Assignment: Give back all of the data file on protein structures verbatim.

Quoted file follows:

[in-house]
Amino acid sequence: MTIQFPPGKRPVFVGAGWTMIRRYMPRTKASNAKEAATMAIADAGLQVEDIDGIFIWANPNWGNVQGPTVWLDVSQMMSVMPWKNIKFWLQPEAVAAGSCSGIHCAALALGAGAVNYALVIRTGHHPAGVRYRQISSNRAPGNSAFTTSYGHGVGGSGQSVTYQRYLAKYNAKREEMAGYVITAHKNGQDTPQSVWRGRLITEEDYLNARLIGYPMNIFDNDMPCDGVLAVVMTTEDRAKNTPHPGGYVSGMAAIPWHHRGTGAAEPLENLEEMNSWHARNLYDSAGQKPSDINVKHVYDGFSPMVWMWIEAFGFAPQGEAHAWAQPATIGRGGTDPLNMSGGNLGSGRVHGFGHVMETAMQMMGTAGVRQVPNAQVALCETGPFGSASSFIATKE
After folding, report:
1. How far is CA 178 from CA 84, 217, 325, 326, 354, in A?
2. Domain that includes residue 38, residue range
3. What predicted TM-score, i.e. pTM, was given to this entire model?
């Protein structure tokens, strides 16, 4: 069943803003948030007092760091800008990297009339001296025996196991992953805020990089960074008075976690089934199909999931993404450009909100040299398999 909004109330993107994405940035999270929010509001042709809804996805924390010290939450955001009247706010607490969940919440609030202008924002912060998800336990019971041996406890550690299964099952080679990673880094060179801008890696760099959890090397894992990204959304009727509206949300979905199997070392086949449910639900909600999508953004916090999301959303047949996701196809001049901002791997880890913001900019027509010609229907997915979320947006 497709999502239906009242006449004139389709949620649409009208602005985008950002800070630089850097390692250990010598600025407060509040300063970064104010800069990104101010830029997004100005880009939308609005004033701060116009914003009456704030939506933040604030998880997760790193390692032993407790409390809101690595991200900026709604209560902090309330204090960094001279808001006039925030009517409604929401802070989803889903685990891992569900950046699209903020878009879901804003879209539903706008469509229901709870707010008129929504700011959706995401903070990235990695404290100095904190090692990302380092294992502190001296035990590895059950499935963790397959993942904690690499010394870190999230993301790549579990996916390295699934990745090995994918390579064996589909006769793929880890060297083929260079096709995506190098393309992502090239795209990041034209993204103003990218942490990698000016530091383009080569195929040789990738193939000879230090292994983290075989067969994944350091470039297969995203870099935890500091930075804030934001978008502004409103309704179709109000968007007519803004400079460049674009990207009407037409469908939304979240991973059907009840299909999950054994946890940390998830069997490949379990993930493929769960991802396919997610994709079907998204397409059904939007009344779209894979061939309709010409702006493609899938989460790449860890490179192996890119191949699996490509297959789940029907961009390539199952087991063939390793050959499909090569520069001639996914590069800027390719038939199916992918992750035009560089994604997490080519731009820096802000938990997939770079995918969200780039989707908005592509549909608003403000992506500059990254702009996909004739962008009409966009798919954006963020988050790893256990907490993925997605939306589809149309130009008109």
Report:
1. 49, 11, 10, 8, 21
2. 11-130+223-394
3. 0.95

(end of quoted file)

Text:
[in-house]
Amino acid sequence: MTIQFPPGKRPVFVGAGWTMIRRYMPRTKASNAKEAATMAIADAGLQVEDIDGIFIWANPNWGNVQGPTVWLDVSQMMSVMPWKNIKFWLQPEAVAAGSCSGIHCAALALGAGAVNYALVIRTGHHPAGVRYRQISSNRAPGNSAFTTSYGHGVGGSGQSVTYQRYLAKYNAKREEMAGYVITAHKNGQDTPQSVWRGRLITEEDYLNARLIGYPMNIFDNDMPCDGVLAVVMTTEDRAKNTPHPGGYVSGMAAIPWHHRGTGAAEPLENLEEMNSWHARNLYDSAGQKPSDINVKHVYDGFSPMVWMWIEAFGFAPQGEAHAWAQPATIGRGGTDPLNMSGGNLGSGRVHGFGHVMETAMQMMGTAGVRQVPNAQVALCETGPFGSASSFIATKE
After folding, report:
1. How far is CA 178 from CA 84, 217, 325, 326, 354, in A?
2. Domain that includes residue 38, residue range
3. What predicted TM-score, i.e. pTM, was given to this entire model?
């Protein structure tokens, strides 16, 4: 069943803003948030007092760091800008990297009339001296025996196991992953805020990089960074008075976690089934199909999931993404450009909100040299398999 909004109330993107994405940035999270929010509001042709809804996805924390010290939450955001009247706010607490969940919440609030202008924002912060998800336990019971041996406890550690299964099952080679990673880094060179801008890696760099959890090397894992990204959304009727509206949300979905199997070392086949449910639900909600999508953004916090999301959303047949996701196809001049901002791997880890913001900019027509010609229907997915979320947006 497709999502239906009242006449004139389709949620649409009208602005985008950002800070630089850097390692250990010598600025407060509040300063970064104010800069990104101010830029997004100005880009939308609005004033701060116009914003009456704030939506933040604030998880997760790193390692032993407790409390809101690595991200900026709604209560902090309330204090960094001279808001006039925030009517409604929401802070989803889903685990891992569900950046699209903020878009879901804003879209539903706008469509229901709870707010008129929504700011959706995401903070990235990695404290100095904190090692990302380092294992502190001296035990590895059950499935963790397959993942904690690499010394870190999230993301790549579990996916390295699934990745090995994918390579064996589909006769793929880890060297083929260079096709995506190098393309992502090239795209990041034209993204103003990218942490990698000016530091383009080569195929040789990738193939000879230090292994983290075989067969994944350091470039297969995203870099935890500091930075804030934001978008502004409103309704179709109000968007007519803004400079460049674009990207009407037409469908939304979240991973059907009840299909999950054994946890940390998830069997490949379990993930493929769960991802396919997610994709079907998204397409059904939007009344779209894979061939309709010409702006493609899938989460790449860890490179192996890119191949699996490509297959789940029907961009390539199952087991063939390793050959499909090569520069001639996914590069800027390719038939199916992918992750035009560089994604997490080519731009820096802000938990997939770079995918969200780039989707908005592509549909608003403000992506500059990254702009996909004739962008009409966009798919954006963020988050790893256990907490993925997605939306589809149309130009008109």
Report:
1. 49, 11, 10, 8, 21
2. 11-130+223-394
3. 0.95